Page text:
Coding skills, even basic ones, are essential in this day and age. Alas, schools around here have not really caught on to this and IT lessons are not even mandatory in many schools around here. As far as I have been able to find out, the IT curriculum of the type of school where I will be teaching, consists entirely of getting pupils to use the MS Office suite correctly. This of course does not include any coding skills, only the formulas and macros in Excel, and I am not even sure if macros are part of the curriculum.
So, I have decided to offer extra lessons in coding, if time and facilities at the school I will be teaching at, allows.
Specifically, I will offer Python, because it is an easy language to learn, can be used for scripting and OOP and because you can have something interactive with just a few lines of code (it is theree in this example, but two would suffice to see results):
print "This is a test program for console input."
the_input = raw_input("Please give some input here: ")
And seeing results quickly is essential for catching the puils‘ attention.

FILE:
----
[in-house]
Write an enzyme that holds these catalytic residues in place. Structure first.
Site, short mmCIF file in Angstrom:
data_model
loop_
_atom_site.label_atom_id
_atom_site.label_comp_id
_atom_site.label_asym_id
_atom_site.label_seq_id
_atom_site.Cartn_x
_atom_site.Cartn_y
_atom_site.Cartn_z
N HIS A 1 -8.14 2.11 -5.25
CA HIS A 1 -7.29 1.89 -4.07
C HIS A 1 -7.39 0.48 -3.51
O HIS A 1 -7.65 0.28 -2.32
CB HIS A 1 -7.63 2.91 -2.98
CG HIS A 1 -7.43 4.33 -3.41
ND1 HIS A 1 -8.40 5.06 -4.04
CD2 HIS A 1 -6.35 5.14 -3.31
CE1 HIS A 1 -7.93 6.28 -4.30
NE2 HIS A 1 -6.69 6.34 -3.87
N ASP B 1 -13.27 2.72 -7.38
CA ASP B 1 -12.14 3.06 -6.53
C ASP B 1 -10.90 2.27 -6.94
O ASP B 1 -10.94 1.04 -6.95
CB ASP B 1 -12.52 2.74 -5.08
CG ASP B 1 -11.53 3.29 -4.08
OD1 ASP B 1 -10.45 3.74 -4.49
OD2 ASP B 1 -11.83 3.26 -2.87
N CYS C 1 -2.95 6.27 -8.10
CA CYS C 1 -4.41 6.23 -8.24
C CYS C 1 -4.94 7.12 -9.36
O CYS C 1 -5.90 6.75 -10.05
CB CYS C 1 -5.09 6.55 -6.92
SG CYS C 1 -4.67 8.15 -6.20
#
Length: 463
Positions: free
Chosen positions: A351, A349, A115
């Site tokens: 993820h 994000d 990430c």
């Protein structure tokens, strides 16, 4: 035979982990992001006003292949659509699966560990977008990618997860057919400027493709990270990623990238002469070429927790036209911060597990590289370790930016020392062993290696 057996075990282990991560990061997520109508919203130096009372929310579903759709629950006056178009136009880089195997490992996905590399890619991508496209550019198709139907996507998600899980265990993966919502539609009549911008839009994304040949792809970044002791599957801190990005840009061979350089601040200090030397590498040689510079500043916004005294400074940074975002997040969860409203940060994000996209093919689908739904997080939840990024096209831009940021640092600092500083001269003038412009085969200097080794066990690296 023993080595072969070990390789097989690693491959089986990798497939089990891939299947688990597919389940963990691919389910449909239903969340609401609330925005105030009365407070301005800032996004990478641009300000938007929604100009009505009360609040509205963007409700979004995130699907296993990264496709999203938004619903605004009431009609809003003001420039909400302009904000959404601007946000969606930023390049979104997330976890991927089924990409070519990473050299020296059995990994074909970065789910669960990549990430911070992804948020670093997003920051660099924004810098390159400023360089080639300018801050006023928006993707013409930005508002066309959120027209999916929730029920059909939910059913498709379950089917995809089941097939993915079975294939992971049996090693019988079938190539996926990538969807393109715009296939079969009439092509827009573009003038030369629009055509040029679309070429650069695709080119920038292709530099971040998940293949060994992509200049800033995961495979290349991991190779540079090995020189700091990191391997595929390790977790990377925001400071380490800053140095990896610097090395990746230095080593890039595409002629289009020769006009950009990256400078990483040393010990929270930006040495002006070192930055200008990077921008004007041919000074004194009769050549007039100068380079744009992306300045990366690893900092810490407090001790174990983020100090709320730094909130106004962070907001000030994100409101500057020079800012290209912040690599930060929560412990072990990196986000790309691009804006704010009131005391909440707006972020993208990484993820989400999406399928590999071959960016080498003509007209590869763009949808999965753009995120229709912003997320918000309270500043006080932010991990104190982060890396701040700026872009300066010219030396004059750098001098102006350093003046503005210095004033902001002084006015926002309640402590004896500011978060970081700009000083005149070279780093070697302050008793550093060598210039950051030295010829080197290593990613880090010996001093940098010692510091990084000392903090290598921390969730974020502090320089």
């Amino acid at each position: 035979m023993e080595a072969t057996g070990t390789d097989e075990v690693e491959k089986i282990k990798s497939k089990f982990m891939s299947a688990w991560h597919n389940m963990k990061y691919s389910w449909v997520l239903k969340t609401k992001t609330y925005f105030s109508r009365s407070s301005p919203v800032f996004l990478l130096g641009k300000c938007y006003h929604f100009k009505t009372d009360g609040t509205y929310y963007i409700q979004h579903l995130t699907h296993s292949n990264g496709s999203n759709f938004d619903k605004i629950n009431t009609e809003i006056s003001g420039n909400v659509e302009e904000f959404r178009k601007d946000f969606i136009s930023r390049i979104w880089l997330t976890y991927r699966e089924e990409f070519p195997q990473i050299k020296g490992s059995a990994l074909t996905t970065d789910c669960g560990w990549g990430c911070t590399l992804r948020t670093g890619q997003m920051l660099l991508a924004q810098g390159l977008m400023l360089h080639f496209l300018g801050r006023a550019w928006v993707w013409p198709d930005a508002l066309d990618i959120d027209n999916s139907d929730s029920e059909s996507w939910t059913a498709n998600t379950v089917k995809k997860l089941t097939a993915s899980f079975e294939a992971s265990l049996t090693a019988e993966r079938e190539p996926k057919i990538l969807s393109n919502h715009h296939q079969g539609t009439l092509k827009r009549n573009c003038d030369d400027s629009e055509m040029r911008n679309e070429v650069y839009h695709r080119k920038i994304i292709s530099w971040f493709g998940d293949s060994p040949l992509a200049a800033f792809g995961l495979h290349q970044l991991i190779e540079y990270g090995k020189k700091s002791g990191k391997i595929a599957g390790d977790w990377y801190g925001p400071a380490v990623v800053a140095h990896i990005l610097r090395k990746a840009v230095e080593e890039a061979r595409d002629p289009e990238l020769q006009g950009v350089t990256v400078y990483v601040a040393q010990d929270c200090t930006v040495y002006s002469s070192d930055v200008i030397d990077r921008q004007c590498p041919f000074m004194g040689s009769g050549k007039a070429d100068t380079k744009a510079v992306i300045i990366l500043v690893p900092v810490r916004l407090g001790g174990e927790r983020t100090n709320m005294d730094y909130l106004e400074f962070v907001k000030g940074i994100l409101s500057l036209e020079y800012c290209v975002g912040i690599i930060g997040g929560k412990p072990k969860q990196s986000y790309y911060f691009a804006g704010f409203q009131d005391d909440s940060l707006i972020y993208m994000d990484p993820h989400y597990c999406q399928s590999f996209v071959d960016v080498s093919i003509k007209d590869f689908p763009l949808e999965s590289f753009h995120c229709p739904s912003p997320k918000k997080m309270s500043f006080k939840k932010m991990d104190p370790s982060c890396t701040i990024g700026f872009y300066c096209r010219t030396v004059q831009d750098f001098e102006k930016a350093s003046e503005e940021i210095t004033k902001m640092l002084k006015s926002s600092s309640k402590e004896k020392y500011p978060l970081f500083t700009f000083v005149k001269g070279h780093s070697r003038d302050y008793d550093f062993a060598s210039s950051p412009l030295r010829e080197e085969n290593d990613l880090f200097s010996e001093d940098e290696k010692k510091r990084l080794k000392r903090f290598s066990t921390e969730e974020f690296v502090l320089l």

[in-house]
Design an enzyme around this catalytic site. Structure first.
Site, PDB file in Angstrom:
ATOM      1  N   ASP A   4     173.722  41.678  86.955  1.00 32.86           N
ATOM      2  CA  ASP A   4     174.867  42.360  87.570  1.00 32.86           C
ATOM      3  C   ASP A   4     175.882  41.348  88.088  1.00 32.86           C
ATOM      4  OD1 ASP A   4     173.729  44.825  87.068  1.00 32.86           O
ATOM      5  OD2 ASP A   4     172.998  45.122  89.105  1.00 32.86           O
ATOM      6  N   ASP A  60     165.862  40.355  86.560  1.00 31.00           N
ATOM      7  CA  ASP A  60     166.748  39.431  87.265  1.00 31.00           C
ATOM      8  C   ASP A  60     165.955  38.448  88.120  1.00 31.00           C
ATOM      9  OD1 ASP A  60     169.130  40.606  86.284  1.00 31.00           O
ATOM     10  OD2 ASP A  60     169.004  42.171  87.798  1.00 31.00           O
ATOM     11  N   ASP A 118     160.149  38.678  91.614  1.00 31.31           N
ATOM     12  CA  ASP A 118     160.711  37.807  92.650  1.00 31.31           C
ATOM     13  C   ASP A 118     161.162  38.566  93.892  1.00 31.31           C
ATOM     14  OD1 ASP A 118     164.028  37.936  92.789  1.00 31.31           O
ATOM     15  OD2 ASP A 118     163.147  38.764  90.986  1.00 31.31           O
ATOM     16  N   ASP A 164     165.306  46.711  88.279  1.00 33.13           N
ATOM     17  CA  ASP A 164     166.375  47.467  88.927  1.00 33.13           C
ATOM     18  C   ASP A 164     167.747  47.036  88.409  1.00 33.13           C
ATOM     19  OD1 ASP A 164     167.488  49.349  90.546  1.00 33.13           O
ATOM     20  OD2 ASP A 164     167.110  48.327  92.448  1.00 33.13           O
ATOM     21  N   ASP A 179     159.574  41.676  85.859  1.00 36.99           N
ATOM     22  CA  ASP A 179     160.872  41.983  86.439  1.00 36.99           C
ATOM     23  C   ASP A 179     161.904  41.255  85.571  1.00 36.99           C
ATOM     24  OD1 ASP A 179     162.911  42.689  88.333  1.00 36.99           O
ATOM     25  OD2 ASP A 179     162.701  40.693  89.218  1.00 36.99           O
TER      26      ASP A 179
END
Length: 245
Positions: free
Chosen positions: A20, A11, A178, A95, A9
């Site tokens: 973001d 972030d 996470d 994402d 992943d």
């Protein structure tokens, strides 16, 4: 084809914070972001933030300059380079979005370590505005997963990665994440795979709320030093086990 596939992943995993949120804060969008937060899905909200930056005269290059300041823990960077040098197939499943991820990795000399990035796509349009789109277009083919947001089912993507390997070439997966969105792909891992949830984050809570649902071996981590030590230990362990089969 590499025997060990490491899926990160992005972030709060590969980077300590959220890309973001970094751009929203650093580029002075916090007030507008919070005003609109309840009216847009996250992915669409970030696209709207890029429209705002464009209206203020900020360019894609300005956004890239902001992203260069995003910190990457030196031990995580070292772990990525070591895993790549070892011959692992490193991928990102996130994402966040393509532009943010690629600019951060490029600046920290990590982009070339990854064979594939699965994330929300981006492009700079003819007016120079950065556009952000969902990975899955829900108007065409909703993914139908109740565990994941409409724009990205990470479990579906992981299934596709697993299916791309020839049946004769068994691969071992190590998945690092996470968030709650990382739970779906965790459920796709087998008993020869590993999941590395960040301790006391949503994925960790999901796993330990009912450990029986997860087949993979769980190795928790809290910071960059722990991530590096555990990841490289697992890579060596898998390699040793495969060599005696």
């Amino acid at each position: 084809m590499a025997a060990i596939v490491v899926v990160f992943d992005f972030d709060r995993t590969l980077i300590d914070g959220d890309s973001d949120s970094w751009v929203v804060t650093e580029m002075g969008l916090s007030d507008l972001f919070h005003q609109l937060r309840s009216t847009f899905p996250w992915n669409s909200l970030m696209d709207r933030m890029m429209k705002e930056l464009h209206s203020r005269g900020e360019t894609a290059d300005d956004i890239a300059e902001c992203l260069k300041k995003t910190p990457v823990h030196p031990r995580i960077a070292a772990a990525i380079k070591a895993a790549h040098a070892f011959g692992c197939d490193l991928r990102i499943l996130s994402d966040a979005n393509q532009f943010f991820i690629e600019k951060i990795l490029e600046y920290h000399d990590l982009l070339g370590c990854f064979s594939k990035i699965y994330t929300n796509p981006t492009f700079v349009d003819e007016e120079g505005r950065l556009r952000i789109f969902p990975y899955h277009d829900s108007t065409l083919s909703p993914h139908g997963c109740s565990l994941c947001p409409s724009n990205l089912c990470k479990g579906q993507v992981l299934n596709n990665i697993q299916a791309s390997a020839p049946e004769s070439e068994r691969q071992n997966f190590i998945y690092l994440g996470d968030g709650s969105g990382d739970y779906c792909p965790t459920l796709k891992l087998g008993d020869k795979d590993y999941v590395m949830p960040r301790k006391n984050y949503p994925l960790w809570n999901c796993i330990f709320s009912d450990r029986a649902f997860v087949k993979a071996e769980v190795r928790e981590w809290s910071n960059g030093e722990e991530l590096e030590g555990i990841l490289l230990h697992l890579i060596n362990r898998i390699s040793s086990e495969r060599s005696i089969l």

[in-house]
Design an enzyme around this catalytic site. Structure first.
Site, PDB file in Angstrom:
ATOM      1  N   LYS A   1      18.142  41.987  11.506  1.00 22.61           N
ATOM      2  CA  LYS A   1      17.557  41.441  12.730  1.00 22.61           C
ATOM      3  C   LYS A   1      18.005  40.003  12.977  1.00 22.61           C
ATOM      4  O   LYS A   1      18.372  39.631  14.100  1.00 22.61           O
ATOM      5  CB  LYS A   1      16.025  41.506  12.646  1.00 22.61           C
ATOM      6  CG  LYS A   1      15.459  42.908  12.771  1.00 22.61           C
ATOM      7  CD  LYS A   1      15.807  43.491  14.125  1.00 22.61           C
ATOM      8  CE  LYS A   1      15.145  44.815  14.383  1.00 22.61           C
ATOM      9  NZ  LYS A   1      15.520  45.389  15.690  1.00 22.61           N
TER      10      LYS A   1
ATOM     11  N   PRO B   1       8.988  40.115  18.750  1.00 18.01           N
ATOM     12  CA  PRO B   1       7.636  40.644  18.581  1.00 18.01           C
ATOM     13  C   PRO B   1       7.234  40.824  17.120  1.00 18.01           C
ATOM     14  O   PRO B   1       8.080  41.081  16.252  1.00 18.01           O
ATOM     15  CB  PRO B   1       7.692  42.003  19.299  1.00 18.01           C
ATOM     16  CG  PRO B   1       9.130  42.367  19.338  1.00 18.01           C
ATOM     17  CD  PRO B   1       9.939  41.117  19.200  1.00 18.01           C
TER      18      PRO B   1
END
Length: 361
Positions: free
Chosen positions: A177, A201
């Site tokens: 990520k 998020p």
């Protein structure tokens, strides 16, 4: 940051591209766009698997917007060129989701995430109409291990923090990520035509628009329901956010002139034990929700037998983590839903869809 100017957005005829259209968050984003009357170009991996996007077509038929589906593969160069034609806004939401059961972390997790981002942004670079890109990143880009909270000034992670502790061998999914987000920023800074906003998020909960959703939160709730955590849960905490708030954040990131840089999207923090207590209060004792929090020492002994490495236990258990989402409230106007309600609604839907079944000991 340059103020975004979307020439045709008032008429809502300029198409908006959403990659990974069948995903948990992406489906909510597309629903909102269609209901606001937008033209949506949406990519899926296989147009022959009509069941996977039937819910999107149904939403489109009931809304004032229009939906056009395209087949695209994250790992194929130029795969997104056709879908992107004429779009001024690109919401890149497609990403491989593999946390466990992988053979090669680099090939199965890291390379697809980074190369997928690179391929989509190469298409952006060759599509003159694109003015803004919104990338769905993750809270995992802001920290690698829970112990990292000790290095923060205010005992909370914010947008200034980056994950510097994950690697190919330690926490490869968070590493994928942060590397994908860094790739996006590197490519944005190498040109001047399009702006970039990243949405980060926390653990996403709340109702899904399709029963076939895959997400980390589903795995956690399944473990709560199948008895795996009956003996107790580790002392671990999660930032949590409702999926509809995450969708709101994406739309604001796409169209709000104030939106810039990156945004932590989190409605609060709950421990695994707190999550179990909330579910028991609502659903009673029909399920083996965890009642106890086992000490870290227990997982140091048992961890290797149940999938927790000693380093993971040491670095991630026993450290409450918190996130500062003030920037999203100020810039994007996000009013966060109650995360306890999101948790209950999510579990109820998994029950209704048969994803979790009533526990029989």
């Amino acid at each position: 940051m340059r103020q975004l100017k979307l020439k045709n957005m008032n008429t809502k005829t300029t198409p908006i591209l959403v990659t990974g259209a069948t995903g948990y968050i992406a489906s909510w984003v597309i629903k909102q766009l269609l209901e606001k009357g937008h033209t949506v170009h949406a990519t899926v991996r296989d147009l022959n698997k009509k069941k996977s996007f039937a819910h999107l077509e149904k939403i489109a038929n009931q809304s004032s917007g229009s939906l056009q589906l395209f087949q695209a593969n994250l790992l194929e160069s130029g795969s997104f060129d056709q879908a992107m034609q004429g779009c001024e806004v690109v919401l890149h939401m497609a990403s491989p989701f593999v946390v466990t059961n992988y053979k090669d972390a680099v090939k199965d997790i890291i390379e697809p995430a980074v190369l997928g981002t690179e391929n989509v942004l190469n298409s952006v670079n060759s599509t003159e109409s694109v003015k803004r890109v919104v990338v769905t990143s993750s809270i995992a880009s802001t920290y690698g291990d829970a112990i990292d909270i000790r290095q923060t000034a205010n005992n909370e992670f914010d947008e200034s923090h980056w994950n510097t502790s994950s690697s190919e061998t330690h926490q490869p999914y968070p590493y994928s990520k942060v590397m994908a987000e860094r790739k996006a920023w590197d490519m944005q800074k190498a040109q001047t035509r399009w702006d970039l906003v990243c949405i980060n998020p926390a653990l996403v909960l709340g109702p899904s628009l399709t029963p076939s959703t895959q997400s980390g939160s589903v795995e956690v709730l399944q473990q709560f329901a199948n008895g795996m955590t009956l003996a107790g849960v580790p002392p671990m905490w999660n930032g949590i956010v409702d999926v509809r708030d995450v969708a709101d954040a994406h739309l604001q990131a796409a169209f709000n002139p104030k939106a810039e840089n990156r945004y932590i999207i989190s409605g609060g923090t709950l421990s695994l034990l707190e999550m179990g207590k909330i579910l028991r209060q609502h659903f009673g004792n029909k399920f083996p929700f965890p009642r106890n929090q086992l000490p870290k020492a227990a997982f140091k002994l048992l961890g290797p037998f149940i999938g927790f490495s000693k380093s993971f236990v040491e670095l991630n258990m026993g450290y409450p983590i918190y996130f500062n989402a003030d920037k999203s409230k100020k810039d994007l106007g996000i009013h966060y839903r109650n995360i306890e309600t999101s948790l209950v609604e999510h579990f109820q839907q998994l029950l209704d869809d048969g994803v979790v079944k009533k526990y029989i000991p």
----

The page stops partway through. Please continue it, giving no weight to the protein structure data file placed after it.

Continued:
I have enough material and knowledge to go into at least some depth of Python and let the pupils tackle a number of smaller projects which can be extended and built upon. I am thinking of things like a calculator, a Battleship type game and similar things, nothing too involved since time will most likely not allow for more. It is also likely that some pupils who are interested in learning to code will leave the course again once I tell them that they will not be learning any hacking skills at all.
I guess I should also warn them not to attempt any hacking and/or go to websites where software for dubious purposes is peddled unless they can run a dual-boot or pure Linux computer with Kali Linux running on a virtual machine within the actual Linux OS (and not even think of hacking if they have no clue what I am talking about).
So, let’s see how this develops and wether or not I will have the opportunity to teach Python, I hope I will.